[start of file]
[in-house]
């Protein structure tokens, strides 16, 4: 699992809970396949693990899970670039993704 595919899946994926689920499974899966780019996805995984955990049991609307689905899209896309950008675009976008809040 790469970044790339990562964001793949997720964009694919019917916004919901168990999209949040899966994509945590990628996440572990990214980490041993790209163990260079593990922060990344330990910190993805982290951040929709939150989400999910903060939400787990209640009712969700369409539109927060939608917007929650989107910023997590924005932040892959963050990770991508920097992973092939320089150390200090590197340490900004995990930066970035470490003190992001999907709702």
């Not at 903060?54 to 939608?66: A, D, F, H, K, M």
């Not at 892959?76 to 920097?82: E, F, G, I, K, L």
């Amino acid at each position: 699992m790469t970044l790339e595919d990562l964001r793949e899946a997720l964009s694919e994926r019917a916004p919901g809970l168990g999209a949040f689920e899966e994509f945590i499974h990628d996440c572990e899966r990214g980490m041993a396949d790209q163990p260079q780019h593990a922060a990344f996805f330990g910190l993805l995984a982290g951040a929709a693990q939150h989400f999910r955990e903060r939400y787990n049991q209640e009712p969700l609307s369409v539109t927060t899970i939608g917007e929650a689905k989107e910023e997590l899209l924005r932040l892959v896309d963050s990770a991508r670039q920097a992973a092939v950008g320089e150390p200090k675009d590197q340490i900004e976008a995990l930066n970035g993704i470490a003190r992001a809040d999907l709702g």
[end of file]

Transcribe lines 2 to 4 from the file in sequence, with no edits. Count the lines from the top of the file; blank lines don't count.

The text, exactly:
């Protein structure tokens, strides 16, 4: 699992809970396949693990899970670039993704 595919899946994926689920499974899966780019996805995984955990049991609307689905899209896309950008675009976008809040 790469970044790339990562964001793949997720964009694919019917916004919901168990999209949040899966994509945590990628996440572990990214980490041993790209163990260079593990922060990344330990910190993805982290951040929709939150989400999910903060939400787990209640009712969700369409539109927060939608917007929650989107910023997590924005932040892959963050990770991508920097992973092939320089150390200090590197340490900004995990930066970035470490003190992001999907709702």
């Not at 903060?54 to 939608?66: A, D, F, H, K, M």
């Not at 892959?76 to 920097?82: E, F, G, I, K, L």